They wanted to create something on par with the Academy Awards and the Golden Globes — something meaningful that would “stand the test of time” in terms of credibility and in terms of honoring people. “We also wanted to provide a keepsake that winners could display and pass down through the generations of their families,” says Gaskins. The award was designed in partnership with R.S. Owens Company, the same manufacturers of the Oscar, Emmy, and MTV Music Awards, among many others.
In 2014, CNN’s Don Lemon presents James Earl Jones with the inaugural Voice Arts Icon Award at the Museum of the Moving Image in New York City. (Photo Courtesy of SOVAS)
Says Baker, “We go all out.” She adds that the award venues have included the iconic Jazz at Lincoln Center in New York City and, more recently, Warner Bros. Studios in Los Angeles.
“It’s as if you showed up at the Emmys or the Oscars: People order their gowns, get their makeup done in their hotel rooms, hire limousines to take them to the red carpet at Warner Bros.,” she reports. “There’s a pre-show, the red carpet, and then the live event, followed by the after-party. Voice actors have been so depleted in terms of morale that this has created a whole new world that Rudy and I didn’t quite know that it would,” she says.
At first, the award was met with skepticism from some people in the voiceover industry. “There was a lot of educating that had to be done — people didn’t understand the process,” says Gaskins. “One of the biggest complaints in the voice acting world is that they were not being acknowledged for their work. And because so many of them had never had the opportunity to win awards, they had no idea how award shows even worked. We had to show them that this is a transparent process and that we were not setting a new precedent with these awards. Our structures for our awards follow those of the Emmys, the Clios, Webbys, and the Golden Globes.”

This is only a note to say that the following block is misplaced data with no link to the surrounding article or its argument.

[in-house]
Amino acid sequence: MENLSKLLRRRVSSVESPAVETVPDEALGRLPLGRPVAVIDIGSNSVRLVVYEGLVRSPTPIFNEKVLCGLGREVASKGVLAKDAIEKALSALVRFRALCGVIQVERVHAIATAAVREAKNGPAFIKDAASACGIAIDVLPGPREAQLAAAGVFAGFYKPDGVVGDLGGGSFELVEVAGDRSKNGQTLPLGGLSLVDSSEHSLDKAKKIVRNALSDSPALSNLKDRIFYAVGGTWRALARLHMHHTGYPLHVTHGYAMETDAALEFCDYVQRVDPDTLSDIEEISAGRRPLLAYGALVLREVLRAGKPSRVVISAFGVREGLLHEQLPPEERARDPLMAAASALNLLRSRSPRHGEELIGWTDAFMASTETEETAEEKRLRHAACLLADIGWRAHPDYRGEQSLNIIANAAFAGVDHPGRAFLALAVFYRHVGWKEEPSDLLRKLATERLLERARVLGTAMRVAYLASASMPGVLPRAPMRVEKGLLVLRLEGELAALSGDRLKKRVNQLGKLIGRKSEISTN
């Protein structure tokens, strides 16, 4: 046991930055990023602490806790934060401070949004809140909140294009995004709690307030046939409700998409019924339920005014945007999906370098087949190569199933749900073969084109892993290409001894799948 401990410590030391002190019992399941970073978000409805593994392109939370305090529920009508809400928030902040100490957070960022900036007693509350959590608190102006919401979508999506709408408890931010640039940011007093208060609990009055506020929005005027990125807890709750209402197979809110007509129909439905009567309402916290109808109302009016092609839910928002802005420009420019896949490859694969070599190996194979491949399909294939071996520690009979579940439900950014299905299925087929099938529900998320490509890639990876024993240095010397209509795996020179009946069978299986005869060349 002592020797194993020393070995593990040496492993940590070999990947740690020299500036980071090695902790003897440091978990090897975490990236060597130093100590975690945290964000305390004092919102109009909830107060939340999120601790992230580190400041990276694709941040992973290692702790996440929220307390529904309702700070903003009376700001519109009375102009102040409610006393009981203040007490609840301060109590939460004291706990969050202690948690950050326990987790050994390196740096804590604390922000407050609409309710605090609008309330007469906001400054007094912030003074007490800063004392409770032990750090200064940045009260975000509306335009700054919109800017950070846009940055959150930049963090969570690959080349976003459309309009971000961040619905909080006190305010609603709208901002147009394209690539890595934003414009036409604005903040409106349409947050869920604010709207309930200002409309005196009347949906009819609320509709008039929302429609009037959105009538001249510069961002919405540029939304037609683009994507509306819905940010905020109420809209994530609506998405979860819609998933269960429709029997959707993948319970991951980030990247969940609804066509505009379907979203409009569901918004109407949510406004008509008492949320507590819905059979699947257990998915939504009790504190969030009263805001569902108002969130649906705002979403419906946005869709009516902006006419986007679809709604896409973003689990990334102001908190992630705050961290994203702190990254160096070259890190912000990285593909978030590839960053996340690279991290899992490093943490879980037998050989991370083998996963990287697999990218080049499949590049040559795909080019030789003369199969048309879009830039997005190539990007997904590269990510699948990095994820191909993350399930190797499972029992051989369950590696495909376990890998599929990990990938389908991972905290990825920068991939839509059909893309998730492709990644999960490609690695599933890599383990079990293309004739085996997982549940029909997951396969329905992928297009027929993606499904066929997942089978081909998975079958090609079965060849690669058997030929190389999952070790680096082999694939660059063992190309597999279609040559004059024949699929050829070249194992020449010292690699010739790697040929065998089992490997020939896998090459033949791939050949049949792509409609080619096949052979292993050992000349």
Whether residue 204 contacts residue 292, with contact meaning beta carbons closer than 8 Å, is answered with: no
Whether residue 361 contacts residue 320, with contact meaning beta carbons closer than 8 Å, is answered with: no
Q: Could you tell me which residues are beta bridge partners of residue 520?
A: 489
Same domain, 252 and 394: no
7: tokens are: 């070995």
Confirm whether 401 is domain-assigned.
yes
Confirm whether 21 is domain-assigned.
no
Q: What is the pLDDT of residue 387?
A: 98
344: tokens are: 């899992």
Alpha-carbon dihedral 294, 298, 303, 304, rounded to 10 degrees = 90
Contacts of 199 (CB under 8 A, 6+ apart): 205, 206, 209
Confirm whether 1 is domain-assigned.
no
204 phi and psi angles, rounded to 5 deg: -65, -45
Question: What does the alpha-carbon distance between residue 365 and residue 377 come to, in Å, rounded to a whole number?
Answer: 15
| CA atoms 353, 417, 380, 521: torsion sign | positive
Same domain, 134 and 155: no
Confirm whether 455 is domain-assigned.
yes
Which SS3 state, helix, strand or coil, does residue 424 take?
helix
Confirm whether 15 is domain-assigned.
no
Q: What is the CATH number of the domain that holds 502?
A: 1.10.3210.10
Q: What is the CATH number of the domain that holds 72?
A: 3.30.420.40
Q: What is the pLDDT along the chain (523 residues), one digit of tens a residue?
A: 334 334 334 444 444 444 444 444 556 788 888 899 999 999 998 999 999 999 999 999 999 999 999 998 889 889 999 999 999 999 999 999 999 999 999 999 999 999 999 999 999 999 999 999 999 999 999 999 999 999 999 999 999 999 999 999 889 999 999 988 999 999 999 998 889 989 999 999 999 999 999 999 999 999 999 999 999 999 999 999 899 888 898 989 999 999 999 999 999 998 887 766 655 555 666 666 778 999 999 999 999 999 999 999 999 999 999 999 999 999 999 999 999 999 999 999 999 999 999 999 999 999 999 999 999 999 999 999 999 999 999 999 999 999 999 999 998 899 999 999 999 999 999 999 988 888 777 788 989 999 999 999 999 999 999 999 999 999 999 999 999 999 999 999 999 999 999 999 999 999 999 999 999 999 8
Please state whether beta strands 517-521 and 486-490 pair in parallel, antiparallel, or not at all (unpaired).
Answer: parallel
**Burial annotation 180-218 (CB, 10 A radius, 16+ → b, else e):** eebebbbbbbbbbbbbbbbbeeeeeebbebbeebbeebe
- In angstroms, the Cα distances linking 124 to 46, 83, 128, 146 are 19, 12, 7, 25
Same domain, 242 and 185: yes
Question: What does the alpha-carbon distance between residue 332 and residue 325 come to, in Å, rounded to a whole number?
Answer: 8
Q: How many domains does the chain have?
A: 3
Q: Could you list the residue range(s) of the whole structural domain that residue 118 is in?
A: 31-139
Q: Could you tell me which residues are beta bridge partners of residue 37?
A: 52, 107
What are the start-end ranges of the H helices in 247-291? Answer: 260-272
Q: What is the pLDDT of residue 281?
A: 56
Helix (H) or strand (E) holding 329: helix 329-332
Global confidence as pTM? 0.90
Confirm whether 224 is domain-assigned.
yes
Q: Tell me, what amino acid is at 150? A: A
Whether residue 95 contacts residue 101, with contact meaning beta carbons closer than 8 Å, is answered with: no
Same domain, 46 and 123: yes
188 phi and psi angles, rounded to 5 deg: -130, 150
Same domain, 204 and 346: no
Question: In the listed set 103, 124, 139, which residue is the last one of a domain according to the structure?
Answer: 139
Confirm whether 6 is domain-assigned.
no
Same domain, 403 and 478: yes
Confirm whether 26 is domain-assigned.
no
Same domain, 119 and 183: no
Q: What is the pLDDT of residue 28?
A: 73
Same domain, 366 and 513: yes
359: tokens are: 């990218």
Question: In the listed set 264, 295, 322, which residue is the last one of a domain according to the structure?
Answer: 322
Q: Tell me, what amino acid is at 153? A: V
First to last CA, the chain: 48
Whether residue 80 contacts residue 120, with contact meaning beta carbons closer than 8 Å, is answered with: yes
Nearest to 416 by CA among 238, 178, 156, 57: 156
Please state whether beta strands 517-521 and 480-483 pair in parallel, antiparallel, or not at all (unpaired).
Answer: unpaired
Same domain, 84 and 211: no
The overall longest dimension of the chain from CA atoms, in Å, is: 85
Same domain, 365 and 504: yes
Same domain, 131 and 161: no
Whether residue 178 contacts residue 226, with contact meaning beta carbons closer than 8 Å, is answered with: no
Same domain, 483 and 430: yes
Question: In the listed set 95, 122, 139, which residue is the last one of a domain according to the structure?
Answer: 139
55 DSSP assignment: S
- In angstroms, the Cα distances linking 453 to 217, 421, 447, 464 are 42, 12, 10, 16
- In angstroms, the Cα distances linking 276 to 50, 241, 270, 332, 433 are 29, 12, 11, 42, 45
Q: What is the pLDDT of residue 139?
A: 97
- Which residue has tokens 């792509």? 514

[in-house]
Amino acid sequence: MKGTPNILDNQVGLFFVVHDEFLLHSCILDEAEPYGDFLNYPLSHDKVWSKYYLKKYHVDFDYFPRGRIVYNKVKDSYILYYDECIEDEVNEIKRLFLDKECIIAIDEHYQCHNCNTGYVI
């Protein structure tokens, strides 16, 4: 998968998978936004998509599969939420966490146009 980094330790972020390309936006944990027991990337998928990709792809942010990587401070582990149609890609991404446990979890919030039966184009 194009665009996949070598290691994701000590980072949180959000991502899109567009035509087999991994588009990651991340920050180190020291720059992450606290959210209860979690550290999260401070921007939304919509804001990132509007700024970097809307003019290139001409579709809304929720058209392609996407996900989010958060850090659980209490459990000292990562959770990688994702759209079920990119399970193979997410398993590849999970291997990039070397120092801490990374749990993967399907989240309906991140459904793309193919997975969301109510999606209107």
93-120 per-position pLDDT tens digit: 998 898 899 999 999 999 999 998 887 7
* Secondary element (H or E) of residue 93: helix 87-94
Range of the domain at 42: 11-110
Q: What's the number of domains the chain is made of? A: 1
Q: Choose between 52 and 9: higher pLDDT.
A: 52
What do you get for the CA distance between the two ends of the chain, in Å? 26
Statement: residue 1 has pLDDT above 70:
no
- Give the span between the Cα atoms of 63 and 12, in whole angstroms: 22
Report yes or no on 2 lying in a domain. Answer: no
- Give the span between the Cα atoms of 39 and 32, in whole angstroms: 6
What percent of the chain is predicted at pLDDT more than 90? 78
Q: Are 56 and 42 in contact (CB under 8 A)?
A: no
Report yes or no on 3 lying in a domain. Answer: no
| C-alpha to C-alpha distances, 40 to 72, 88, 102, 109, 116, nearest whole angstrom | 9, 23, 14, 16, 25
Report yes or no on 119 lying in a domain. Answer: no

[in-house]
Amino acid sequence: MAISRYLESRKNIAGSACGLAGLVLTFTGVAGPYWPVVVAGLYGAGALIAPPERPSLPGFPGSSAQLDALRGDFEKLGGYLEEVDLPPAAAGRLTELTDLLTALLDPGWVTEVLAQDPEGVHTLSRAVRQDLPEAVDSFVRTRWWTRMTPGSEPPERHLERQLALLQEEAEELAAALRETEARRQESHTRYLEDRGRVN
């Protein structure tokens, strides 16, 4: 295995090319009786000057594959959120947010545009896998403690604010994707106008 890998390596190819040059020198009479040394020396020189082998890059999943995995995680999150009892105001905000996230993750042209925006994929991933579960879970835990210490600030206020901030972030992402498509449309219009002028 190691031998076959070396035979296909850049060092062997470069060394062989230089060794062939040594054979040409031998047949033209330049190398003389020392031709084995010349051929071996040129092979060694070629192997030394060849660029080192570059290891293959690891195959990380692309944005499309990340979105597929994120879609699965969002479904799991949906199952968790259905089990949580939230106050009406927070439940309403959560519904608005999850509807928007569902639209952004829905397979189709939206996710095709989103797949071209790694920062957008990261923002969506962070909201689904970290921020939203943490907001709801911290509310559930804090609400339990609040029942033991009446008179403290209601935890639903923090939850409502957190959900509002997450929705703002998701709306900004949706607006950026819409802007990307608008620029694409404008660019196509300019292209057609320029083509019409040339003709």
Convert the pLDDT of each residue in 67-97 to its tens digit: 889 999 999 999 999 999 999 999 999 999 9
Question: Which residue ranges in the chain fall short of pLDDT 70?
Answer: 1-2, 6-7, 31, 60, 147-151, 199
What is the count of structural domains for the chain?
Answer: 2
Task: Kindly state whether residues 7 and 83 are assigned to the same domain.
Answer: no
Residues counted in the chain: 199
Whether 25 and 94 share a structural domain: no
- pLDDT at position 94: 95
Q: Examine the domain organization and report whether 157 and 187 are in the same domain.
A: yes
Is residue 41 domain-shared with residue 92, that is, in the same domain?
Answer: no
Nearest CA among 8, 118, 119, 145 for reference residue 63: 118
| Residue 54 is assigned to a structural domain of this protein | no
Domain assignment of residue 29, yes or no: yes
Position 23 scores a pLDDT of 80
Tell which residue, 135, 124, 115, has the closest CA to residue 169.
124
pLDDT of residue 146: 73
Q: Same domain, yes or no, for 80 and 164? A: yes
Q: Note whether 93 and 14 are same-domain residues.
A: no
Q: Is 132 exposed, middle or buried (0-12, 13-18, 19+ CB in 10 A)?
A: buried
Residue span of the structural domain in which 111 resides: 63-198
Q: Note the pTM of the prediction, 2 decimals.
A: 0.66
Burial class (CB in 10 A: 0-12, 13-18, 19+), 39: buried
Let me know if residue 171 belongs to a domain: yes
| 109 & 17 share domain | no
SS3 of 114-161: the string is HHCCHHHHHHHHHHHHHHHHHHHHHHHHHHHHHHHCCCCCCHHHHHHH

In 2016, Muhammad Ali’s eldest daughter, Maryum Ali, attended the Voice Arts Awards, on behalf of Lonnie Ali, to accept a special award in her father’s name. Michael “let’s get ready to rumble” Buffer introduced Maryum Ali and announced that President Barack Obama as one of the inaugural recipients of the Muhammad Ali Voice of Humanity Award. That same year, Michael Buffer was the recipient of the Voice Arts Icon.
Like other major awards, the Voice Arts Awards are an open competition voted on by experts within the various fields that constitute each entry category. The award program has ninety categories that people and projects can be nominated for, including voiceover work in a variety of categories that range from cartoons to promos to audiobooks to sportscasting, as well as audio engineering and other production work. There are also categories for international and Spanish language work. Several special awards, such as Voice Arts Icons, the Muhammad Ali Voice of Humanity Award, and the Backstage Vanguard Award for Arts and Humanity, are also presented.
Christy DeBoe Hicks is a communications consultant, writer, and editor with more than 30 years of experience working with policy, nonprofit, education, and community organizations, as well as in the music, theater, and publishing fields. After a hiatus, she has returned as a regular contributor to Global Communicator.